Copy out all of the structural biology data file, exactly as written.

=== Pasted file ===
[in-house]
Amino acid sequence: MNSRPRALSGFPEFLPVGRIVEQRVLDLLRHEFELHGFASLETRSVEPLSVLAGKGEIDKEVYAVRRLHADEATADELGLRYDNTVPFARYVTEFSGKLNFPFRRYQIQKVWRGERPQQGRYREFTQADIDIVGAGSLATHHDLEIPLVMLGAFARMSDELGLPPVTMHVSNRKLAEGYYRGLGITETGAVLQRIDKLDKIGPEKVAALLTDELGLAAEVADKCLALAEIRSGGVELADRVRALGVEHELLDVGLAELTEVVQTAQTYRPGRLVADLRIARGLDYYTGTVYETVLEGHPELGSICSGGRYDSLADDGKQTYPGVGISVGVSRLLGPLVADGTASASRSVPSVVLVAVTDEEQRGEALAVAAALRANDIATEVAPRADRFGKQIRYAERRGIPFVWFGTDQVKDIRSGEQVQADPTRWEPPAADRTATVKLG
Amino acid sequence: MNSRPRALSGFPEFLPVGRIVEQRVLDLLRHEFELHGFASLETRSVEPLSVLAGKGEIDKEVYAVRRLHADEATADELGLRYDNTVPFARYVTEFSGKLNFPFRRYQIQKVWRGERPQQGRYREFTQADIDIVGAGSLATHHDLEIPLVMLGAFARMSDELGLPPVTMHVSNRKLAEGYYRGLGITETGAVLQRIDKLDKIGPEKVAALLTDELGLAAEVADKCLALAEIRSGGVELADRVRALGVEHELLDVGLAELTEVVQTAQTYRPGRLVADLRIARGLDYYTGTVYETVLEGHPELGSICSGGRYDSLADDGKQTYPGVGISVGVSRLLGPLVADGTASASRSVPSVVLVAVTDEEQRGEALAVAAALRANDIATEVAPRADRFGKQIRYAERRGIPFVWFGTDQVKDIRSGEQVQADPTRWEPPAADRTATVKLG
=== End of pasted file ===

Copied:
[in-house]
Amino acid sequence: MNSRPRALSGFPEFLPVGRIVEQRVLDLLRHEFELHGFASLETRSVEPLSVLAGKGEIDKEVYAVRRLHADEATADELGLRYDNTVPFARYVTEFSGKLNFPFRRYQIQKVWRGERPQQGRYREFTQADIDIVGAGSLATHHDLEIPLVMLGAFARMSDELGLPPVTMHVSNRKLAEGYYRGLGITETGAVLQRIDKLDKIGPEKVAALLTDELGLAAEVADKCLALAEIRSGGVELADRVRALGVEHELLDVGLAELTEVVQTAQTYRPGRLVADLRIARGLDYYTGTVYETVLEGHPELGSICSGGRYDSLADDGKQTYPGVGISVGVSRLLGPLVADGTASASRSVPSVVLVAVTDEEQRGEALAVAAALRANDIATEVAPRADRFGKQIRYAERRGIPFVWFGTDQVKDIRSGEQVQADPTRWEPPAADRTATVKLG
Amino acid sequence: MNSRPRALSGFPEFLPVGRIVEQRVLDLLRHEFELHGFASLETRSVEPLSVLAGKGEIDKEVYAVRRLHADEATADELGLRYDNTVPFARYVTEFSGKLNFPFRRYQIQKVWRGERPQQGRYREFTQADIDIVGAGSLATHHDLEIPLVMLGAFARMSDELGLPPVTMHVSNRKLAEGYYRGLGITETGAVLQRIDKLDKIGPEKVAALLTDELGLAAEVADKCLALAEIRSGGVELADRVRALGVEHELLDVGLAELTEVVQTAQTYRPGRLVADLRIARGLDYYTGTVYETVLEGHPELGSICSGGRYDSLADDGKQTYPGVGISVGVSRLLGPLVADGTASASRSVPSVVLVAVTDEEQRGEALAVAAALRANDIATEVAPRADRFGKQIRYAERRGIPFVWFGTDQVKDIRSGEQVQADPTRWEPPAADRTATVKLG